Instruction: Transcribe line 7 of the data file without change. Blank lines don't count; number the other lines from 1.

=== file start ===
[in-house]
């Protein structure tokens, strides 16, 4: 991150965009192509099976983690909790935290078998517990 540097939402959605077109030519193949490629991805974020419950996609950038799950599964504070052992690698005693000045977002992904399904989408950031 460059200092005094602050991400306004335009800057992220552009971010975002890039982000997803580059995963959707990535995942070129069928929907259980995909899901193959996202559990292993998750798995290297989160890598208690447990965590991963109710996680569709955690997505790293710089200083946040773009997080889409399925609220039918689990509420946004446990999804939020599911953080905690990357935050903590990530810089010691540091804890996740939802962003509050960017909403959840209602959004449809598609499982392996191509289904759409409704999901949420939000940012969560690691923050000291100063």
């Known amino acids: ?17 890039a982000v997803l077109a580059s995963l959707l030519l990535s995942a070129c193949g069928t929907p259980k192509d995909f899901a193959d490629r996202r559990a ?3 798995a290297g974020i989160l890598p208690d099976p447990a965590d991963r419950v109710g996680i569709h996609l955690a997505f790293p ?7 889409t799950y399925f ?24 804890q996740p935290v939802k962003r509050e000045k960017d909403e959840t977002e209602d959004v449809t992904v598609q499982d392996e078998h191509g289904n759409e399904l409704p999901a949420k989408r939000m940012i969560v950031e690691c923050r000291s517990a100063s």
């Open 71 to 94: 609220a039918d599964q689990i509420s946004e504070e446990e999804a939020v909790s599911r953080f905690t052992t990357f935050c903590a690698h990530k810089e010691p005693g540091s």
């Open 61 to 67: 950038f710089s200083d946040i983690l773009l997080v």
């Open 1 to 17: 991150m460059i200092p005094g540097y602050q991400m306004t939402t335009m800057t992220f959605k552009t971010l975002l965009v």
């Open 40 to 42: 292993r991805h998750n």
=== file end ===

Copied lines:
């Open 40 to 42: 292993r991805h998750n």